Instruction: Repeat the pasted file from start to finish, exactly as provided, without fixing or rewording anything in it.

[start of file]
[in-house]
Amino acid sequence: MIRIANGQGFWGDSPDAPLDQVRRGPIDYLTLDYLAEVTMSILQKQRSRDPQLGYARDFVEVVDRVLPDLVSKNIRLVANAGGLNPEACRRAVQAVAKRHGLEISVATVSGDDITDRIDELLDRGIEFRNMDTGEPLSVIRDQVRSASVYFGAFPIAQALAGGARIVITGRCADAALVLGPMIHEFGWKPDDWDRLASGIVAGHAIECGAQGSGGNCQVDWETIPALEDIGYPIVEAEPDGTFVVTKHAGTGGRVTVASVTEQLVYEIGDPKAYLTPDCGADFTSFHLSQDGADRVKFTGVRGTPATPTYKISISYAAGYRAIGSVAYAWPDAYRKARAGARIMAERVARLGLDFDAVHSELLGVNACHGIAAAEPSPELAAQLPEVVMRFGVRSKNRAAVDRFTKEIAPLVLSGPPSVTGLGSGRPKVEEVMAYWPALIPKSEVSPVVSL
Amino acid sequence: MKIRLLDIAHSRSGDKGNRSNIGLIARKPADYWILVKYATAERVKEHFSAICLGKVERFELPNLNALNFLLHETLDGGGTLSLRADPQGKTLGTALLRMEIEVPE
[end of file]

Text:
[in-house]
Amino acid sequence: MIRIANGQGFWGDSPDAPLDQVRRGPIDYLTLDYLAEVTMSILQKQRSRDPQLGYARDFVEVVDRVLPDLVSKNIRLVANAGGLNPEACRRAVQAVAKRHGLEISVATVSGDDITDRIDELLDRGIEFRNMDTGEPLSVIRDQVRSASVYFGAFPIAQALAGGARIVITGRCADAALVLGPMIHEFGWKPDDWDRLASGIVAGHAIECGAQGSGGNCQVDWETIPALEDIGYPIVEAEPDGTFVVTKHAGTGGRVTVASVTEQLVYEIGDPKAYLTPDCGADFTSFHLSQDGADRVKFTGVRGTPATPTYKISISYAAGYRAIGSVAYAWPDAYRKARAGARIMAERVARLGLDFDAVHSELLGVNACHGIAAAEPSPELAAQLPEVVMRFGVRSKNRAAVDRFTKEIAPLVLSGPPSVTGLGSGRPKVEEVMAYWPALIPKSEVSPVVSL
Amino acid sequence: MKIRLLDIAHSRSGDKGNRSNIGLIARKPADYWILVKYATAERVKEHFSAICLGKVERFELPNLNALNFLLHETLDGGGTLSLRADPQGKTLGTALLRMEIEVPE